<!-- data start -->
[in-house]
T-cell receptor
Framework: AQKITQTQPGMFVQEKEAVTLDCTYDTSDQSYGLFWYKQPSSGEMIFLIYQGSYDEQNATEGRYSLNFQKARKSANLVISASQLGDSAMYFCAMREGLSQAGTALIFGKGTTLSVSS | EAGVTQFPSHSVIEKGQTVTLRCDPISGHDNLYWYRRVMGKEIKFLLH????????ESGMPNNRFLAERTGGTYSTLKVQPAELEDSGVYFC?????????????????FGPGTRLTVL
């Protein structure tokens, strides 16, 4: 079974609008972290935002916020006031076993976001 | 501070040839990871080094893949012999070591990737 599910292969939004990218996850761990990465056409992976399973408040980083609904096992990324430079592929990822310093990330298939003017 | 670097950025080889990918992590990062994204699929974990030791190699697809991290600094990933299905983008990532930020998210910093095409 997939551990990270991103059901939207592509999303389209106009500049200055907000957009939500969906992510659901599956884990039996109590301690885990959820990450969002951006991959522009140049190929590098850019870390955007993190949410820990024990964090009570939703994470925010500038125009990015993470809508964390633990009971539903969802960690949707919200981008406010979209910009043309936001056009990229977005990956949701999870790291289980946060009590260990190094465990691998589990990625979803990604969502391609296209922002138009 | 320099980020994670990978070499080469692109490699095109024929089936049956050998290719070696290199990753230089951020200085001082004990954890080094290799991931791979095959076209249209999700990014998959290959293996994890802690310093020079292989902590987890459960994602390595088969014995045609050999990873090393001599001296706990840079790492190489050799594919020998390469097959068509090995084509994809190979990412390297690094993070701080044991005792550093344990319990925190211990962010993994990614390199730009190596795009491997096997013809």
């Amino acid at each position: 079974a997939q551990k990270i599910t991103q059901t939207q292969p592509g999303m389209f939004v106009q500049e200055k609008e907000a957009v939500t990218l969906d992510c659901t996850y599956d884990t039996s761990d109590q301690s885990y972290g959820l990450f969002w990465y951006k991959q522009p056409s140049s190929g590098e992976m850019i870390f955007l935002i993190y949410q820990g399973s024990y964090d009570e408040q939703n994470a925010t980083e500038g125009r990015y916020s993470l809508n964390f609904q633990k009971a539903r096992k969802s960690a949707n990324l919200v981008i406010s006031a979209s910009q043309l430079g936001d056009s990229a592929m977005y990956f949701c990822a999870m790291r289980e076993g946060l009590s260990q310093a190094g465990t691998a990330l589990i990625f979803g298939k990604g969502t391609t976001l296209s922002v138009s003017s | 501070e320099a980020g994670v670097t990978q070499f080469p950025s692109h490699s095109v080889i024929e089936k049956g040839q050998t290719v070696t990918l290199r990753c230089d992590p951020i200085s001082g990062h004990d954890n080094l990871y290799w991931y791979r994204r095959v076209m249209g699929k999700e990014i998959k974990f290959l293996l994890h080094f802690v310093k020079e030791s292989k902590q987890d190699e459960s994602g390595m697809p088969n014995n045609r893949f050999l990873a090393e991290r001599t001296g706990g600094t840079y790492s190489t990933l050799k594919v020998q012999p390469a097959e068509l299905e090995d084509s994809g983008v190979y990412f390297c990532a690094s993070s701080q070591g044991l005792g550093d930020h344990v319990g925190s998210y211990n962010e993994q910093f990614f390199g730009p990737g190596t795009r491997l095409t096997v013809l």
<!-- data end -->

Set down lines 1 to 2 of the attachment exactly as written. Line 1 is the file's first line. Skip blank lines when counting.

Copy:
[in-house]
T-cell receptor